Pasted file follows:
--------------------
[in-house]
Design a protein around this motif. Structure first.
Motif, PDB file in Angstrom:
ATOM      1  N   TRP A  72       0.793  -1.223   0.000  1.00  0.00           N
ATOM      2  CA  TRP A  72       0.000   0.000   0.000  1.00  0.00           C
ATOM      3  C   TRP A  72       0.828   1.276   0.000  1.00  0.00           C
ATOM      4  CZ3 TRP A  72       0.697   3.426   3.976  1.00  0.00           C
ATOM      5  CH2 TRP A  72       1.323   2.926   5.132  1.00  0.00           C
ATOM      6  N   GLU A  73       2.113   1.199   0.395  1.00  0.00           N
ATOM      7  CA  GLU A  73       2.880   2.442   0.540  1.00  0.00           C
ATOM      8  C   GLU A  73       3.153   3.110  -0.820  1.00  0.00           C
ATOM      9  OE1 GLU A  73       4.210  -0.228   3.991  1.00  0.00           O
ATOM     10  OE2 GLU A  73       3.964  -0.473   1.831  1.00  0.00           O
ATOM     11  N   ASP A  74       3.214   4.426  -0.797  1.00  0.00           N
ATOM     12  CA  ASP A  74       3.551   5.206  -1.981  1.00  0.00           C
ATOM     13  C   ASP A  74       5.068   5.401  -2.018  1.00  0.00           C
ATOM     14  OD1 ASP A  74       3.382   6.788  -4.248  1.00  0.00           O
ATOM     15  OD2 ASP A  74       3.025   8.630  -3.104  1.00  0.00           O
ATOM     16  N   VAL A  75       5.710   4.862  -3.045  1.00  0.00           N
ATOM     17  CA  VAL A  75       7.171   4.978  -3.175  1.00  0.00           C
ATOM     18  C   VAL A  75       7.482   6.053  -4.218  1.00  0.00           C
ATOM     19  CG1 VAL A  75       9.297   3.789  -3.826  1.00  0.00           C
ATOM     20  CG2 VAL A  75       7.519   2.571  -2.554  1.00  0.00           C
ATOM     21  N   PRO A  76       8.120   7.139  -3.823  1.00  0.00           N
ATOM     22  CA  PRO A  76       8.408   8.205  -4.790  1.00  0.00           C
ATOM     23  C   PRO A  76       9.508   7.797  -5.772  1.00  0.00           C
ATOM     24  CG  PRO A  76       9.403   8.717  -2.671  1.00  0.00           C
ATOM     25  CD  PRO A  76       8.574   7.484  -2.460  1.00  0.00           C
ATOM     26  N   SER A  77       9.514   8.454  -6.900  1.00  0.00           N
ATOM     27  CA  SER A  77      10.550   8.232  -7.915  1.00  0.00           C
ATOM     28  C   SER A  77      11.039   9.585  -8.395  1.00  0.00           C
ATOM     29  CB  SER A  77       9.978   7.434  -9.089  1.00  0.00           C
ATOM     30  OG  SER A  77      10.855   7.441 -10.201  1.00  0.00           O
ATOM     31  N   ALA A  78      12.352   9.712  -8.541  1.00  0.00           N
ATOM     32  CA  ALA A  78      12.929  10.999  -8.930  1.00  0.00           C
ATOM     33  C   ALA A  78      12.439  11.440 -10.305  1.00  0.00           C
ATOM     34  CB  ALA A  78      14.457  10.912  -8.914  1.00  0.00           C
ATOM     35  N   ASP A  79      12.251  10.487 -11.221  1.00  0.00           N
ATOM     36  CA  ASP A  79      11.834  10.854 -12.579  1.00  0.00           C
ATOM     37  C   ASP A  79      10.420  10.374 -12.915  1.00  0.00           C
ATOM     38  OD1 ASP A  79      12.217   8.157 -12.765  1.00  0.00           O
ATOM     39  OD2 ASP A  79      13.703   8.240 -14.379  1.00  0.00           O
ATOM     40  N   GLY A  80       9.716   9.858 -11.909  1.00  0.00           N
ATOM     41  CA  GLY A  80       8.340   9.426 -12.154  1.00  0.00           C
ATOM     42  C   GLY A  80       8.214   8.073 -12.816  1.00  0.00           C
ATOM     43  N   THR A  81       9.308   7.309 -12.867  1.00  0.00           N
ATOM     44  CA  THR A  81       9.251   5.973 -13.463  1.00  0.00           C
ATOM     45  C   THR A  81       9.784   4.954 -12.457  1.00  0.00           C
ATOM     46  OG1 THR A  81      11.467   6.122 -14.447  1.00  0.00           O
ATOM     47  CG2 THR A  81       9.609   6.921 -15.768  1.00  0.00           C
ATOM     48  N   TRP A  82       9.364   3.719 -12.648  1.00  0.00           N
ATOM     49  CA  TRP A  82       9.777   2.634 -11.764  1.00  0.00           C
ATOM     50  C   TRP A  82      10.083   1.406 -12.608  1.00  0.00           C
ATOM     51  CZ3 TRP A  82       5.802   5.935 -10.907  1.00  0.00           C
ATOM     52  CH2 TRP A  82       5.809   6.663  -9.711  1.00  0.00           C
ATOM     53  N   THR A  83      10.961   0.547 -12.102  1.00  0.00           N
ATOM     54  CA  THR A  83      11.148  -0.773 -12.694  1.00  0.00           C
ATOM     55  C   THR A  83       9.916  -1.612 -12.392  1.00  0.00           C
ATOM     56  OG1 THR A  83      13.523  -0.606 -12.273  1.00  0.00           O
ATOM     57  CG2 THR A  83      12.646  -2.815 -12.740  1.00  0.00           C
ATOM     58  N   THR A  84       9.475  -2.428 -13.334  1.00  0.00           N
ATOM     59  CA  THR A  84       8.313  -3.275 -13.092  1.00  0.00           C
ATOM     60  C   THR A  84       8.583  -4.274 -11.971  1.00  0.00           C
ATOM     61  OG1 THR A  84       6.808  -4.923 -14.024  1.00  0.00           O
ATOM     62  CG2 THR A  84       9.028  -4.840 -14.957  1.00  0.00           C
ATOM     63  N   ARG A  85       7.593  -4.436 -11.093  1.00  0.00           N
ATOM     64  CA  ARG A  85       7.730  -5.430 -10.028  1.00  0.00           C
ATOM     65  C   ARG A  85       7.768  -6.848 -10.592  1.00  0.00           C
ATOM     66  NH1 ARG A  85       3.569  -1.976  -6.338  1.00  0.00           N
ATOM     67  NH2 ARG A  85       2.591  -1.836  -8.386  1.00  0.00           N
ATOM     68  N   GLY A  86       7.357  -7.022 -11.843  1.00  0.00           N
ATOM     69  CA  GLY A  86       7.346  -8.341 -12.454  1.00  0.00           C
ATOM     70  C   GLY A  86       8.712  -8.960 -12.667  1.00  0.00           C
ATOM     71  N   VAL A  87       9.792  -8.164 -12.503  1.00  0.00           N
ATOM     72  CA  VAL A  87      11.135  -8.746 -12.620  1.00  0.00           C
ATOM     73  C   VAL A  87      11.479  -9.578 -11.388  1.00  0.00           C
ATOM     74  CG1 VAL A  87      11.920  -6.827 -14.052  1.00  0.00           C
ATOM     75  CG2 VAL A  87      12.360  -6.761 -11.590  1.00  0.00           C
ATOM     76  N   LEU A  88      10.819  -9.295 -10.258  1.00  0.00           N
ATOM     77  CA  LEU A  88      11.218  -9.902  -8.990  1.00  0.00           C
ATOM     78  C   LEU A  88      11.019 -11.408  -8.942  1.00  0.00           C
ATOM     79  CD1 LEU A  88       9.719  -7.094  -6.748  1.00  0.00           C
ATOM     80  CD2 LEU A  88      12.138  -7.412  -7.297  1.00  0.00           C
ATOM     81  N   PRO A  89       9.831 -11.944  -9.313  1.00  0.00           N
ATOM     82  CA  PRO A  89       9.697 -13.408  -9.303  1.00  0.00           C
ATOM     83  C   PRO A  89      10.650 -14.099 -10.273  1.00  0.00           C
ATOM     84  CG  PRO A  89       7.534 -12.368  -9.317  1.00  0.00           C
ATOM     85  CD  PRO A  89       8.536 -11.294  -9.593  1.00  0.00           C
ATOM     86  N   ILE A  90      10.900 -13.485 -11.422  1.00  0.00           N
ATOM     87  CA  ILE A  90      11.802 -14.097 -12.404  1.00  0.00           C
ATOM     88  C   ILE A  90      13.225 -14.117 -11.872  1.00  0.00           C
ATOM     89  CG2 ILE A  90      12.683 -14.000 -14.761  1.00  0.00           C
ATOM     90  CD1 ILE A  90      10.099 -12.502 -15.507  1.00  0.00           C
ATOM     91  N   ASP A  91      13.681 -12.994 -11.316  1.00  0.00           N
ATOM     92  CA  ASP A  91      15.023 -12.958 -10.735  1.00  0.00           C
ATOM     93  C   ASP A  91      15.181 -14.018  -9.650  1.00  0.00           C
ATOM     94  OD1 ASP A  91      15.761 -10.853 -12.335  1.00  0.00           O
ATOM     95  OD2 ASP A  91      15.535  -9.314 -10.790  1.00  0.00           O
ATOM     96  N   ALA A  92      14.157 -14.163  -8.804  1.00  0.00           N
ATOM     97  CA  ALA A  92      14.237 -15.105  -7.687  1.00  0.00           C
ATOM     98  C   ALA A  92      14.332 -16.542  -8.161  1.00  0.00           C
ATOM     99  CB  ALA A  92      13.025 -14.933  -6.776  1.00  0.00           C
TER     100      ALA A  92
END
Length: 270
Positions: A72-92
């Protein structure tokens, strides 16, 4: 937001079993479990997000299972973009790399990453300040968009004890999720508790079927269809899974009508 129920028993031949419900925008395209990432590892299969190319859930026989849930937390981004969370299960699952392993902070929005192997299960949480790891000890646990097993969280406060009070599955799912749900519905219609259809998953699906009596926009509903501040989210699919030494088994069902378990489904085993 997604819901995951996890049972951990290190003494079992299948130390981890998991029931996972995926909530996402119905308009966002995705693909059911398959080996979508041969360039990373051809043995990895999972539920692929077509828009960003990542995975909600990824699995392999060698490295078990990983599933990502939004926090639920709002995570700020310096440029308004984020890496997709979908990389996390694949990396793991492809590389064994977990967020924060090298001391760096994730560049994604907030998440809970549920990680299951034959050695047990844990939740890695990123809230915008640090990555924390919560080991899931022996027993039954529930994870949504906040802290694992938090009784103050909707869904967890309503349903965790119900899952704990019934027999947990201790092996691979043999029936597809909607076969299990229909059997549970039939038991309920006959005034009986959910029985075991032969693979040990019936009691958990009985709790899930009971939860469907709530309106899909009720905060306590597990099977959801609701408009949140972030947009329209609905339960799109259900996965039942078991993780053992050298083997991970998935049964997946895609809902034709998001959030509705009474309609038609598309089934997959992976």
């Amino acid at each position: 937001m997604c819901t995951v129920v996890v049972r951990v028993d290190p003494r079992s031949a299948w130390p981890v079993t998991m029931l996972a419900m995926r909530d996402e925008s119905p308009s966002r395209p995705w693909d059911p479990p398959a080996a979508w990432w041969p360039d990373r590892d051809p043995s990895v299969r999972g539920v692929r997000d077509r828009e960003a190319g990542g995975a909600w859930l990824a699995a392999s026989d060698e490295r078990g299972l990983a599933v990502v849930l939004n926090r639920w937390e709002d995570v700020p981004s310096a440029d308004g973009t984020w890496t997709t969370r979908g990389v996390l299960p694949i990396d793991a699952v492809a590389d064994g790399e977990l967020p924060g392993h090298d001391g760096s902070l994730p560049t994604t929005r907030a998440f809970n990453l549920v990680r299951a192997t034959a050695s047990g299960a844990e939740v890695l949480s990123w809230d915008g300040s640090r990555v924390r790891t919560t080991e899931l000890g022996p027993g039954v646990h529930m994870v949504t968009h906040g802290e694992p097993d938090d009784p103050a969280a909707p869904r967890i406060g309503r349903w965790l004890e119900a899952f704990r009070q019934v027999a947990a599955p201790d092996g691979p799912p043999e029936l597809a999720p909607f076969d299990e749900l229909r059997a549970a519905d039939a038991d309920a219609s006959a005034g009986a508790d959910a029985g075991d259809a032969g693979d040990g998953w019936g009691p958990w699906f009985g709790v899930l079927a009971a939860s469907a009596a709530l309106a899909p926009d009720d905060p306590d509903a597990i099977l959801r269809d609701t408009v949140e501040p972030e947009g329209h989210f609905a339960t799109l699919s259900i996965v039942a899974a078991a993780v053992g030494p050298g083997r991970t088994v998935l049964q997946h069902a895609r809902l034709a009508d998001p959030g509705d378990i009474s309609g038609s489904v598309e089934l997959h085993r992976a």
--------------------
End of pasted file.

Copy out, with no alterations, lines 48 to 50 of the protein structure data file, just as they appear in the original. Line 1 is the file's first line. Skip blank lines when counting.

ATOM     45  C   THR A  81       9.784   4.954 -12.457  1.00  0.00           C
ATOM     46  OG1 THR A  81      11.467   6.122 -14.447  1.00  0.00           O
ATOM     47  CG2 THR A  81       9.609   6.921 -15.768  1.00  0.00           C